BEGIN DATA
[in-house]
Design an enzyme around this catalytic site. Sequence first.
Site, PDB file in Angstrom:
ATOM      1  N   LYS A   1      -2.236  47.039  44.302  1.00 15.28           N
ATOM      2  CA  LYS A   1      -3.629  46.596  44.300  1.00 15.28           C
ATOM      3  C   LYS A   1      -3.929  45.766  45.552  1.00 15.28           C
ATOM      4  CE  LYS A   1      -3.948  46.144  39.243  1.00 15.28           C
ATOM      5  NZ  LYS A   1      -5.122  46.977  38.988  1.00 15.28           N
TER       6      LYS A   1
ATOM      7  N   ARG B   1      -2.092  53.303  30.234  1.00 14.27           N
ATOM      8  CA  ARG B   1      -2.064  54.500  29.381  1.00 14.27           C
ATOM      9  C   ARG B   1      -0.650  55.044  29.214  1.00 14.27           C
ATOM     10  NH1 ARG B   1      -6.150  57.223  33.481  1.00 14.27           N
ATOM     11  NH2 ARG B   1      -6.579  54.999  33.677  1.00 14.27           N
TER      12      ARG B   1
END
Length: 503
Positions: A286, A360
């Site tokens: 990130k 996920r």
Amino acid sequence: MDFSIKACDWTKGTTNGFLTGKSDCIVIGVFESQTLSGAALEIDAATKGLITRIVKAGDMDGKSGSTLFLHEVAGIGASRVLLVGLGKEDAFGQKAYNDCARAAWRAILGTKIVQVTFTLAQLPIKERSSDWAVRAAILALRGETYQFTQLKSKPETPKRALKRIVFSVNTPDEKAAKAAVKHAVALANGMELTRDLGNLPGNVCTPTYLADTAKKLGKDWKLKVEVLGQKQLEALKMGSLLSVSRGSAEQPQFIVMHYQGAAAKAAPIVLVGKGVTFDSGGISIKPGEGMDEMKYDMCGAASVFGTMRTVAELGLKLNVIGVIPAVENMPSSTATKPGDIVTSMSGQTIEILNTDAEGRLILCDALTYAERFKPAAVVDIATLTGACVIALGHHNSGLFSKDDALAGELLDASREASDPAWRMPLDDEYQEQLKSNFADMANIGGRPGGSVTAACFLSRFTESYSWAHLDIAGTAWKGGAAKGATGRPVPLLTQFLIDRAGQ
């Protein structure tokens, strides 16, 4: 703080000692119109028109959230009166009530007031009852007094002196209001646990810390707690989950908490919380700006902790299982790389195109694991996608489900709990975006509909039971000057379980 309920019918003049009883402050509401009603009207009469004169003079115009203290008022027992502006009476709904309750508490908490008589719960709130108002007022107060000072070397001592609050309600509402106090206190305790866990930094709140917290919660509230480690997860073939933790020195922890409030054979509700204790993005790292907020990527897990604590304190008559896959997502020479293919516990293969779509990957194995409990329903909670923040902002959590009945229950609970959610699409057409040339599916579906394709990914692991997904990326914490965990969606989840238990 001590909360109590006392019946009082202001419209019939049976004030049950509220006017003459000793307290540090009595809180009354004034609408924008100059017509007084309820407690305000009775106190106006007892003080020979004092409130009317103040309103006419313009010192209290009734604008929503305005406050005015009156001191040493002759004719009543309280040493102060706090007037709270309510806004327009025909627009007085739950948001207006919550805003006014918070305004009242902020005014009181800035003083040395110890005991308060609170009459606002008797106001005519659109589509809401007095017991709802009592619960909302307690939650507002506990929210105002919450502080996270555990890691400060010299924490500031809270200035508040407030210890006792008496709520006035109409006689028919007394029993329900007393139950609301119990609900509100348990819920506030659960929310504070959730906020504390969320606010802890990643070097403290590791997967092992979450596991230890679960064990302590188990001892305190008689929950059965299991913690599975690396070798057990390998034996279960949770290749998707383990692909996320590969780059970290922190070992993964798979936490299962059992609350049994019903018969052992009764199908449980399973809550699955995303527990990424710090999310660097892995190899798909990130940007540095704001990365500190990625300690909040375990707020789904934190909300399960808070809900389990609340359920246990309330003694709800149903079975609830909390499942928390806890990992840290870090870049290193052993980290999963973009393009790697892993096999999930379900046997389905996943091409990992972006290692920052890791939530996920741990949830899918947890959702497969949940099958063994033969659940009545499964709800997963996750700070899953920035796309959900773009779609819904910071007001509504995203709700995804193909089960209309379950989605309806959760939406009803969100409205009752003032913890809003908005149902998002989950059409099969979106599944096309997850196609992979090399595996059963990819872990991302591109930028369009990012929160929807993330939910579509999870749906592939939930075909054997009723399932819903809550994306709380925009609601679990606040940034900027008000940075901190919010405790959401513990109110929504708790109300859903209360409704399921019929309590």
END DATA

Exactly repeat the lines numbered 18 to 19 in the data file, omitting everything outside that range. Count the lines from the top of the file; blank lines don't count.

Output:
Positions: A286, A360
């Site tokens: 990130k 996920r």